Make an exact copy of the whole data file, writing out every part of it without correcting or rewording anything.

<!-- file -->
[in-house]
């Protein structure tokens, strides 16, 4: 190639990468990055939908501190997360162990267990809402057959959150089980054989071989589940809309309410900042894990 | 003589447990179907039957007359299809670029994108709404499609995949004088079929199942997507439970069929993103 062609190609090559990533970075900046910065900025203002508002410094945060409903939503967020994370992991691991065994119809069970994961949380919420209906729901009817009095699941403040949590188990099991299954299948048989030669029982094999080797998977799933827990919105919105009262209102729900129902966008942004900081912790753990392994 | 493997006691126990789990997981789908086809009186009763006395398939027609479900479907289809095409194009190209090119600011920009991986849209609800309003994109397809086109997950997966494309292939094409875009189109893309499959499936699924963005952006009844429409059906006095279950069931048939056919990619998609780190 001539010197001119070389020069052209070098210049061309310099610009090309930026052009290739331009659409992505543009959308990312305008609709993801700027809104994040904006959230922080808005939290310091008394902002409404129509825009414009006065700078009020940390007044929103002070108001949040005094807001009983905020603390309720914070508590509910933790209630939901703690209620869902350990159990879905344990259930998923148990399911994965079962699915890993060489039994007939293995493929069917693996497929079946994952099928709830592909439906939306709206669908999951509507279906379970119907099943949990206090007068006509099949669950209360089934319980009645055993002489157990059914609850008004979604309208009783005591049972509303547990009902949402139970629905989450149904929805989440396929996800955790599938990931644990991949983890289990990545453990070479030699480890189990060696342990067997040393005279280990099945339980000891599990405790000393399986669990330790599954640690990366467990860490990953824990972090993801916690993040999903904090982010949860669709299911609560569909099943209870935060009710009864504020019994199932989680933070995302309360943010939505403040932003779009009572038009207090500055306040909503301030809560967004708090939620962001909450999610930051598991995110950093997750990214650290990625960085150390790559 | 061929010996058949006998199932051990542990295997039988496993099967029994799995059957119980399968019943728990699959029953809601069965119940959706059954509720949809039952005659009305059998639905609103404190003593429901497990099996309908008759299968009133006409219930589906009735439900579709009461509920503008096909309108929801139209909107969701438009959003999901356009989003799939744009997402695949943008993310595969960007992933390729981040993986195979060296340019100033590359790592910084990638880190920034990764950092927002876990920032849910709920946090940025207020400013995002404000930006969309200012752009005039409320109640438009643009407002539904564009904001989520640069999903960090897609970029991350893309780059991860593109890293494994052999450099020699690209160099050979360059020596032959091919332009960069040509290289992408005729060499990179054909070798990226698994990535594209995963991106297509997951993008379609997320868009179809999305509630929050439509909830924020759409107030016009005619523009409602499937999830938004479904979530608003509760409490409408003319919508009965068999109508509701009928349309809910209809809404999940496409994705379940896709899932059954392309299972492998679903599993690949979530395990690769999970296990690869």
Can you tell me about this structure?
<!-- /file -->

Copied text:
[in-house]
């Protein structure tokens, strides 16, 4: 190639990468990055939908501190997360162990267990809402057959959150089980054989071989589940809309309410900042894990 | 003589447990179907039957007359299809670029994108709404499609995949004088079929199942997507439970069929993103 062609190609090559990533970075900046910065900025203002508002410094945060409903939503967020994370992991691991065994119809069970994961949380919420209906729901009817009095699941403040949590188990099991299954299948048989030669029982094999080797998977799933827990919105919105009262209102729900129902966008942004900081912790753990392994 | 493997006691126990789990997981789908086809009186009763006395398939027609479900479907289809095409194009190209090119600011920009991986849209609800309003994109397809086109997950997966494309292939094409875009189109893309499959499936699924963005952006009844429409059906006095279950069931048939056919990619998609780190 001539010197001119070389020069052209070098210049061309310099610009090309930026052009290739331009659409992505543009959308990312305008609709993801700027809104994040904006959230922080808005939290310091008394902002409404129509825009414009006065700078009020940390007044929103002070108001949040005094807001009983905020603390309720914070508590509910933790209630939901703690209620869902350990159990879905344990259930998923148990399911994965079962699915890993060489039994007939293995493929069917693996497929079946994952099928709830592909439906939306709206669908999951509507279906379970119907099943949990206090007068006509099949669950209360089934319980009645055993002489157990059914609850008004979604309208009783005591049972509303547990009902949402139970629905989450149904929805989440396929996800955790599938990931644990991949983890289990990545453990070479030699480890189990060696342990067997040393005279280990099945339980000891599990405790000393399986669990330790599954640690990366467990860490990953824990972090993801916690993040999903904090982010949860669709299911609560569909099943209870935060009710009864504020019994199932989680933070995302309360943010939505403040932003779009009572038009207090500055306040909503301030809560967004708090939620962001909450999610930051598991995110950093997750990214650290990625960085150390790559 | 061929010996058949006998199932051990542990295997039988496993099967029994799995059957119980399968019943728990699959029953809601069965119940959706059954509720949809039952005659009305059998639905609103404190003593429901497990099996309908008759299968009133006409219930589906009735439900579709009461509920503008096909309108929801139209909107969701438009959003999901356009989003799939744009997402695949943008993310595969960007992933390729981040993986195979060296340019100033590359790592910084990638880190920034990764950092927002876990920032849910709920946090940025207020400013995002404000930006969309200012752009005039409320109640438009643009407002539904564009904001989520640069999903960090897609970029991350893309780059991860593109890293494994052999450099020699690209160099050979360059020596032959091919332009960069040509290289992408005729060499990179054909070798990226698994990535594209995963991106297509997951993008379609997320868009179809999305509630929050439509909830924020759409107030016009005619523009409602499937999830938004479904979530608003509760409490409408003319919508009965068999109508509701009928349309809910209809809404999940496409994705379940896709899932059954392309299972492998679903599993690949979530395990690769999970296990690869």
Can you tell me about this structure?